Evan Peterson from Barefoot Planning and Design, and Chris Hutton from the Municipality North Cowichan, were handed the gold award for Excellence in Policy Planning by the Planning Institute of British Columbia on May 8 for their work developing the Bell McKinnon local area plan. (Submitted photo)

Evan Peterson from Barefoot Planning and Design, and Chris Hutton from the Municipality North Cowichan, were handed the gold award for Excellence in Policy Planning by the Planning Institute of British Columbia on May 8 for their work developing the Bell McKinnon local area plan. (Submitted photo)

North Cowichan’s plan for Bell McKinnon wins award

Plan recognized for excellence in policy planning

The Municipality of North Cowichan took top honours for its Bell McKinnon local area plan at an award ceremony in Vancouver on May 8.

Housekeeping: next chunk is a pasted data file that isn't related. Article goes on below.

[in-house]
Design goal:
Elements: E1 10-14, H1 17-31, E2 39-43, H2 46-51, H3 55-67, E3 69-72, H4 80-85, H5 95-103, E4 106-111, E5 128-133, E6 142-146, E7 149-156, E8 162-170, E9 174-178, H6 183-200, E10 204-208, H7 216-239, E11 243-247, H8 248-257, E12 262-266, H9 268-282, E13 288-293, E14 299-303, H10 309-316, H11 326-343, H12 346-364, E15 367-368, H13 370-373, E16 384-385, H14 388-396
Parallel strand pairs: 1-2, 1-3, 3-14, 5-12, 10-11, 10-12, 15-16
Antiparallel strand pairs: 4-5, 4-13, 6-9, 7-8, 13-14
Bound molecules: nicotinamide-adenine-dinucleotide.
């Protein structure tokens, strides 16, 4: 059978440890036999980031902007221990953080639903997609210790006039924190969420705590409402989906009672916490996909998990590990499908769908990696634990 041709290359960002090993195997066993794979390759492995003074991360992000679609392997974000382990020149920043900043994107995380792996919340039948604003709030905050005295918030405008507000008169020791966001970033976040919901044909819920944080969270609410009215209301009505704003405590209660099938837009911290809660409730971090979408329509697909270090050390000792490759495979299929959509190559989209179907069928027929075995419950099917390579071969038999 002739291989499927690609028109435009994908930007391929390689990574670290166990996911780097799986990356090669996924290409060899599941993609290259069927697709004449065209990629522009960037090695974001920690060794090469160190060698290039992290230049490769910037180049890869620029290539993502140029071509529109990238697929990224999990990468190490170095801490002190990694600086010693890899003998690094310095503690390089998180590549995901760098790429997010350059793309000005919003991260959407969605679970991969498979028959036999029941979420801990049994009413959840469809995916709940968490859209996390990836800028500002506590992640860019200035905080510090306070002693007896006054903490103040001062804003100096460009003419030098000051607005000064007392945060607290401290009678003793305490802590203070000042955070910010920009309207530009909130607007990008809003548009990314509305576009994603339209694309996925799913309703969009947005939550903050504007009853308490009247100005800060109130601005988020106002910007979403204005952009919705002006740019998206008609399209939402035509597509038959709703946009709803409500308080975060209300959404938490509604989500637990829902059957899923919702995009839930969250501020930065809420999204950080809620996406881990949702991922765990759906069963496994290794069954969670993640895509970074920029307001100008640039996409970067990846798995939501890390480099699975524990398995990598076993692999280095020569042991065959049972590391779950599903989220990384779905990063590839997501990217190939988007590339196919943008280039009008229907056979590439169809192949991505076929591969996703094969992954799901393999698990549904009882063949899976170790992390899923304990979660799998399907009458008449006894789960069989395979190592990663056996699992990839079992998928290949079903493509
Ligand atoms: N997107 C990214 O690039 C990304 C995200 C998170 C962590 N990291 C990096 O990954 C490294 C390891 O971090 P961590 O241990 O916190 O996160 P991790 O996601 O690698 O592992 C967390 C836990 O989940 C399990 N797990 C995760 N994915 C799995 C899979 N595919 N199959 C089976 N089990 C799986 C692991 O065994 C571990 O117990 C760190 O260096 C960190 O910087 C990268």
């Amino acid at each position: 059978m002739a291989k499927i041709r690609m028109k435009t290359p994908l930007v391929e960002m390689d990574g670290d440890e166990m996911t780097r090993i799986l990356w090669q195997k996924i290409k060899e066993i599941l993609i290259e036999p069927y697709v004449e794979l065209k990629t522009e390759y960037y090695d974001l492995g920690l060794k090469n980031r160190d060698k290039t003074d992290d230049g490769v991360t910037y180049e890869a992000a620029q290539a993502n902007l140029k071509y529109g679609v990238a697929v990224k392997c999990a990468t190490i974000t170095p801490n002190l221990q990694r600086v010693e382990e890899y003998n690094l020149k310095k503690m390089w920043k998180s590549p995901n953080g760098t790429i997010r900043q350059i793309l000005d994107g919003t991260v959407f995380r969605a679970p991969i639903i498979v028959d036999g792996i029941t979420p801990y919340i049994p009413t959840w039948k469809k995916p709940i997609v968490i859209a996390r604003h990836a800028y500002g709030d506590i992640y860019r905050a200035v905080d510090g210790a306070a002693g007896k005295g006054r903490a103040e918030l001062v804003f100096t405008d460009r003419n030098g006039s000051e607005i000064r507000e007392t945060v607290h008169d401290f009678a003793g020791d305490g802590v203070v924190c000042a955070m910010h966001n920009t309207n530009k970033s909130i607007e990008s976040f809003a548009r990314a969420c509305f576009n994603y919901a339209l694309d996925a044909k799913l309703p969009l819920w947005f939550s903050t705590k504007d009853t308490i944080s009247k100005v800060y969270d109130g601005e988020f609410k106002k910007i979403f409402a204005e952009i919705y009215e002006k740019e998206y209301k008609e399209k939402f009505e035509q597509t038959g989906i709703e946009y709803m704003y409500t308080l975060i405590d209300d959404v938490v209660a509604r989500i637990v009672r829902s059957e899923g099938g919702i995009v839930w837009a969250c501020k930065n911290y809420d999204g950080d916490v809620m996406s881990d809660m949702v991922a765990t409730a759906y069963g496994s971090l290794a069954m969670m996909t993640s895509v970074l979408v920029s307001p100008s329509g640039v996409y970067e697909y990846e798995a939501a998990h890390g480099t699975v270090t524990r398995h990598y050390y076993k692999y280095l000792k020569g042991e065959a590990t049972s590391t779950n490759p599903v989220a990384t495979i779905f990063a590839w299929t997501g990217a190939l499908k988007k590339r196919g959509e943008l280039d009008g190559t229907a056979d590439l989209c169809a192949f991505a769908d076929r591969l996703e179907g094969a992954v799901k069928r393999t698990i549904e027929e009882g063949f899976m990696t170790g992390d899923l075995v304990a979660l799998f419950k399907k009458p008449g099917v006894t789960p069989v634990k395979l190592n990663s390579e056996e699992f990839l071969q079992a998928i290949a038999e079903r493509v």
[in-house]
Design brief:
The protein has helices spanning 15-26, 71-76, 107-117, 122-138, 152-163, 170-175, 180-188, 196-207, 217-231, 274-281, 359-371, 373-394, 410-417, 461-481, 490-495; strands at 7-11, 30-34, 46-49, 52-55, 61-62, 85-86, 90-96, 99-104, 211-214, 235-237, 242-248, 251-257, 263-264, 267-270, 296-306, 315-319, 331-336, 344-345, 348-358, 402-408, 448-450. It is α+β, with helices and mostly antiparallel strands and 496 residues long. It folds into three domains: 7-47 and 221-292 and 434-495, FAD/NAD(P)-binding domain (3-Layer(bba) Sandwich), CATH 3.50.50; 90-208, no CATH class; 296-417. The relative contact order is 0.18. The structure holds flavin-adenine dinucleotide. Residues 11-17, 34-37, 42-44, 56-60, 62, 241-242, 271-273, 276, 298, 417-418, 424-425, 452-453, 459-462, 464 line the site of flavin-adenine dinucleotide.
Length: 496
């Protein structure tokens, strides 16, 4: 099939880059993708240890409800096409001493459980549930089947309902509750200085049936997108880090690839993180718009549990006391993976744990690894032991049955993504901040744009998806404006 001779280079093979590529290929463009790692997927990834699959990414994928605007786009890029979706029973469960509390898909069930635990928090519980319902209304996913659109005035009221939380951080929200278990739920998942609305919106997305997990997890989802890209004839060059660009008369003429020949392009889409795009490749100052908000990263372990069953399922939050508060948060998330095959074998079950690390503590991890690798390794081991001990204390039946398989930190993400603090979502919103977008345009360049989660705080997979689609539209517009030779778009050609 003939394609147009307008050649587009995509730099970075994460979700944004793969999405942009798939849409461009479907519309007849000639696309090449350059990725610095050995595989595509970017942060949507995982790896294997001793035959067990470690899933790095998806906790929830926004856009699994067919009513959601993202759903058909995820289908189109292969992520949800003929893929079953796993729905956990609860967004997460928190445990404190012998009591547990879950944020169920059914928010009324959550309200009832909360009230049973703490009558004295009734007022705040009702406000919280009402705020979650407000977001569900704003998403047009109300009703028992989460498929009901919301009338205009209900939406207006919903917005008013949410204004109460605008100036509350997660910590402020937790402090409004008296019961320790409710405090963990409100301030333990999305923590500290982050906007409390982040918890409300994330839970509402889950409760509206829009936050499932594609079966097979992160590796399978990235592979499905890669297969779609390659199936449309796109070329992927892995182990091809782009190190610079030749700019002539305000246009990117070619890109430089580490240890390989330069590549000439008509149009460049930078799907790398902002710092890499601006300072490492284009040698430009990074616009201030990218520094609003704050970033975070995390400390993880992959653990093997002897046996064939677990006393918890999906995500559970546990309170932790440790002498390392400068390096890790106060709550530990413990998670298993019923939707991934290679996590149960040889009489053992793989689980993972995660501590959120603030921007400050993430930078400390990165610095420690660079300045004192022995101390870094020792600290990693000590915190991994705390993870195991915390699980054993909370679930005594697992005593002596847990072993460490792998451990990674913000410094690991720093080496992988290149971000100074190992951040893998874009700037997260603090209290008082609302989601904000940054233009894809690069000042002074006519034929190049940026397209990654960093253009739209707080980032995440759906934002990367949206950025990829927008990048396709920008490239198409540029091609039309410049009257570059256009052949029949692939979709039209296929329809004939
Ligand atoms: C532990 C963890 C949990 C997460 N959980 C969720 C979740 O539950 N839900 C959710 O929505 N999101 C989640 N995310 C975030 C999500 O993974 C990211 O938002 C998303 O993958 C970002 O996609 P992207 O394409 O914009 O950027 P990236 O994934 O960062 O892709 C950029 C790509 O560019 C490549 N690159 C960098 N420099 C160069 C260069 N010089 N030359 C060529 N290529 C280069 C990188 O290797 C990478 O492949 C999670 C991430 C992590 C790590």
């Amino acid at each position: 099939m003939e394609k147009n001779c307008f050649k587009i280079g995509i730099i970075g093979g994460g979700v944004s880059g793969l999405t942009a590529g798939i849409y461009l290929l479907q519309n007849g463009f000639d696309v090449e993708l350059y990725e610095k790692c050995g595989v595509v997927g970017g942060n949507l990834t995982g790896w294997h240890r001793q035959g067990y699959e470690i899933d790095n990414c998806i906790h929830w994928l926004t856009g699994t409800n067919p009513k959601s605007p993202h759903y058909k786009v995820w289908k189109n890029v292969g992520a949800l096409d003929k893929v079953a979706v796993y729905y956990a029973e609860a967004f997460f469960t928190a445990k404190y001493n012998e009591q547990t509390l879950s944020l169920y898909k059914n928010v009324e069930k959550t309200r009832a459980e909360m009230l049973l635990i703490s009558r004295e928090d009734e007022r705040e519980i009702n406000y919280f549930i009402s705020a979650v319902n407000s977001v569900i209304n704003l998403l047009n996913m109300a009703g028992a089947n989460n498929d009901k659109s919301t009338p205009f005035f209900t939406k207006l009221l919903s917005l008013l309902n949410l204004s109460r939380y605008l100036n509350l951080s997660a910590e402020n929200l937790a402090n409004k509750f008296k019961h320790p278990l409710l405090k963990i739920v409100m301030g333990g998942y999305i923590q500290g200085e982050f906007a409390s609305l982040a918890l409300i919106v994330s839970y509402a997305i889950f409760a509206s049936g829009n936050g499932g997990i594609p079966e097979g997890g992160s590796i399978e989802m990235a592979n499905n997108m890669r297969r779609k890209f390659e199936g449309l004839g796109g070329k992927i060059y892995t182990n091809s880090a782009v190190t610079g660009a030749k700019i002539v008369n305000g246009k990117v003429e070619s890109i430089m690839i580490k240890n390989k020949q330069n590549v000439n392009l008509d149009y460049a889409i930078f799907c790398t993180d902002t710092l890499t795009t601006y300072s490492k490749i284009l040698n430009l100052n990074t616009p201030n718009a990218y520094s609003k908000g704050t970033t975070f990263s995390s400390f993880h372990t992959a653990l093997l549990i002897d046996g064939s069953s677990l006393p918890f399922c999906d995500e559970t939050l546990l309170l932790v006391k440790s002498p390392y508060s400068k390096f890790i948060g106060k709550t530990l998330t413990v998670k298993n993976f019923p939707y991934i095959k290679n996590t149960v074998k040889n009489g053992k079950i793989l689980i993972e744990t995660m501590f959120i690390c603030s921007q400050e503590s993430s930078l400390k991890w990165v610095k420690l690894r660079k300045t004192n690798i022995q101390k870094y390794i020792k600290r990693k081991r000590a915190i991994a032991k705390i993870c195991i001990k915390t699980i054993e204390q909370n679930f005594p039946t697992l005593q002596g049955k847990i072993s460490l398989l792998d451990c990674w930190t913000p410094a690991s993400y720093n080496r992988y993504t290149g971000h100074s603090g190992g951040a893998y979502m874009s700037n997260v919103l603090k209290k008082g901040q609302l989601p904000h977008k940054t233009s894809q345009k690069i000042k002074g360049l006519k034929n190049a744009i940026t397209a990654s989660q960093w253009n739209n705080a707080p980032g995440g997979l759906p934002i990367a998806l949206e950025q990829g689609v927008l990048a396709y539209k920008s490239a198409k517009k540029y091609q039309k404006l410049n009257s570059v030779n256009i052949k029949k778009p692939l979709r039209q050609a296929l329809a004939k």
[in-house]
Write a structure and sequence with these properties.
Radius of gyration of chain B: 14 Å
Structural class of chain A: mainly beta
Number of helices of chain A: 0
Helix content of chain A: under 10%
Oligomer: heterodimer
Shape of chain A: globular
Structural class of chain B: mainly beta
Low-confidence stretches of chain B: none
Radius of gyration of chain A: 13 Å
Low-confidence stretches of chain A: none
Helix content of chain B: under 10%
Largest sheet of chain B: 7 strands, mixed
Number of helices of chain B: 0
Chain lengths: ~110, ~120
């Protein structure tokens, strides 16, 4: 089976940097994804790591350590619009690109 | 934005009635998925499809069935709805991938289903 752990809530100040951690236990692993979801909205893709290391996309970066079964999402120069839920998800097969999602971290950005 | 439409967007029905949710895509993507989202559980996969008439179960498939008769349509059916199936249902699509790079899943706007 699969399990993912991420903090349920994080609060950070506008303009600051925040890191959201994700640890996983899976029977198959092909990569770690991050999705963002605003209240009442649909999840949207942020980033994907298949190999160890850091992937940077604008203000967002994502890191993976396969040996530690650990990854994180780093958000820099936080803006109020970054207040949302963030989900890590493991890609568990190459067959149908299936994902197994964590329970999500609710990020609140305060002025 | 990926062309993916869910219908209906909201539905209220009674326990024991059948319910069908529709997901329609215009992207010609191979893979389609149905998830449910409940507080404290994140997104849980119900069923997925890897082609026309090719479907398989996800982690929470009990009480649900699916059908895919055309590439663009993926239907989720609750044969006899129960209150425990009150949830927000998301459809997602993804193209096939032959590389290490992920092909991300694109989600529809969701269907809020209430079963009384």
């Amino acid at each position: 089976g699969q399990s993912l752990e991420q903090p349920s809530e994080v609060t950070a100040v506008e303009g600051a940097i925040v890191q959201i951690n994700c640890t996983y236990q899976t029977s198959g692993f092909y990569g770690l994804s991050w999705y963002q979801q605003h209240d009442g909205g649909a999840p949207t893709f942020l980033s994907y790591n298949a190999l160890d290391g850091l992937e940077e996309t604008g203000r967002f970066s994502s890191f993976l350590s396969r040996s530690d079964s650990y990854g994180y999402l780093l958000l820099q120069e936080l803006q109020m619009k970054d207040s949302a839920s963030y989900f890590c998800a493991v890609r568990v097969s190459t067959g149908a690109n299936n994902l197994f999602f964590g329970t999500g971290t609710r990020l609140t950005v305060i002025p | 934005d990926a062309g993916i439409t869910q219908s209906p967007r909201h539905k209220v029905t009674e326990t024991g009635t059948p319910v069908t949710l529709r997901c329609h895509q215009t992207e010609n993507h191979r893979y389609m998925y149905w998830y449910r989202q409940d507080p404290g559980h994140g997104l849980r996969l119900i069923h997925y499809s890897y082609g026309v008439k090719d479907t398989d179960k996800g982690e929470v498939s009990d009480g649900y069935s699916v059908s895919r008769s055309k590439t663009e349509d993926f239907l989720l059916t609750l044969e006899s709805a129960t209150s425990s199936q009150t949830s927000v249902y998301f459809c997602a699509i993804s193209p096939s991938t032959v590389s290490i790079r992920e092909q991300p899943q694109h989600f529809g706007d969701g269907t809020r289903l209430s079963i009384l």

The Planning Institute of British Columbia gave the gold award for Excellence in Policy Planning in the small town and rural areas category to the municipality and its consultant, Barefoot Planning & Design, for the plan, which was recognized as an example of excellence in policy planning.

North Cowichan began work on the Bell McKinnon local area plan in 2016 after the Cowichan Valley Regional Hospital District selected a site in the neighbourhood as a possible location for a new state-of-the-art hospital to replace the aging Cowichan District Hospital.

The plan was adopted in 2018 with the vision of creating a model green growth centre that is a vibrant, walkable, urban village that facilitates healthy living at all stages of life.

The plan was developed through a comprehensive community engagement process with North Cowichan staff and decision-makers, stakeholders and service providers, neighbourhood residents, landowners, and employees, and local First Nations.

“The Bell McKinnon local area plan is critical to development of a new neighbourhood area centred around the future Cowichan District Hospital site on Bell McKinnon Road,” said Mayor Al Siebring.

“This plan sets a policy framework to support this important community corridor as it transitions from primarily rural residential to a compact, sustainable growth centre over the next 20 to 30 years.”